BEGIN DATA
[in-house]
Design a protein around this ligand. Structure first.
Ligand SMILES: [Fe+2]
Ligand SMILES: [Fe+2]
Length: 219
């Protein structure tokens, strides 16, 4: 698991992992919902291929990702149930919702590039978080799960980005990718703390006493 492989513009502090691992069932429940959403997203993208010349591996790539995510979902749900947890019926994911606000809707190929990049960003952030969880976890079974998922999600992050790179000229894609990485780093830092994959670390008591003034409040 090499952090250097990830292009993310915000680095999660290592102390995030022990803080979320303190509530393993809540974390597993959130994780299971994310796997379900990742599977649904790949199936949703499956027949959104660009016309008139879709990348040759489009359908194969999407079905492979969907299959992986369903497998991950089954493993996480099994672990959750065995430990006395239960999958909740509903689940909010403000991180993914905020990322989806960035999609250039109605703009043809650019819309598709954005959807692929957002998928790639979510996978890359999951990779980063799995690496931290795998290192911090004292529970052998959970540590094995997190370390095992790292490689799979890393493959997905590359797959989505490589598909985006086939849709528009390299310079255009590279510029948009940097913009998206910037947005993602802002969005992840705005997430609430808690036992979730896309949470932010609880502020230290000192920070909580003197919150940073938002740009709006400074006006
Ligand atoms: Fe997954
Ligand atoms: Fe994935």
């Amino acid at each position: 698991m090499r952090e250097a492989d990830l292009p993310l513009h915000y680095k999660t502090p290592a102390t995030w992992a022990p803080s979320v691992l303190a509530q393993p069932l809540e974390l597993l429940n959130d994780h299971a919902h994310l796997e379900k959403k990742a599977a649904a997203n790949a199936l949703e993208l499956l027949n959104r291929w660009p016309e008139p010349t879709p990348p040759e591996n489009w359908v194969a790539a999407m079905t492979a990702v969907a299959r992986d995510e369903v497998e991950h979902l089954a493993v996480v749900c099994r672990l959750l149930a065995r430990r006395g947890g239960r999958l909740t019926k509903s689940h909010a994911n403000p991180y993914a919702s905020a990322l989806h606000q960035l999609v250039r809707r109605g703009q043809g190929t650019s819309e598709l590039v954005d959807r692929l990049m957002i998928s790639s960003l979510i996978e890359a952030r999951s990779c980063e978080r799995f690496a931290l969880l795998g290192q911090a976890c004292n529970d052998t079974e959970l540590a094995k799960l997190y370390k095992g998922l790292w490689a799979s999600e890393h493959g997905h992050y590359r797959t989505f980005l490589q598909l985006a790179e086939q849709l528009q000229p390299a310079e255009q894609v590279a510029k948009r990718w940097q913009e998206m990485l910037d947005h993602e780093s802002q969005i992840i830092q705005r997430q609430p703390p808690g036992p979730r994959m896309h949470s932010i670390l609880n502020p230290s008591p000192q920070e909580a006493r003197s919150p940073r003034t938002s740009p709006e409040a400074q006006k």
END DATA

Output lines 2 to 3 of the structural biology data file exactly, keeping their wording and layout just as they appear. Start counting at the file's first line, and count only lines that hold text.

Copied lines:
Design a protein around this ligand. Structure first.
Ligand SMILES: [Fe+2]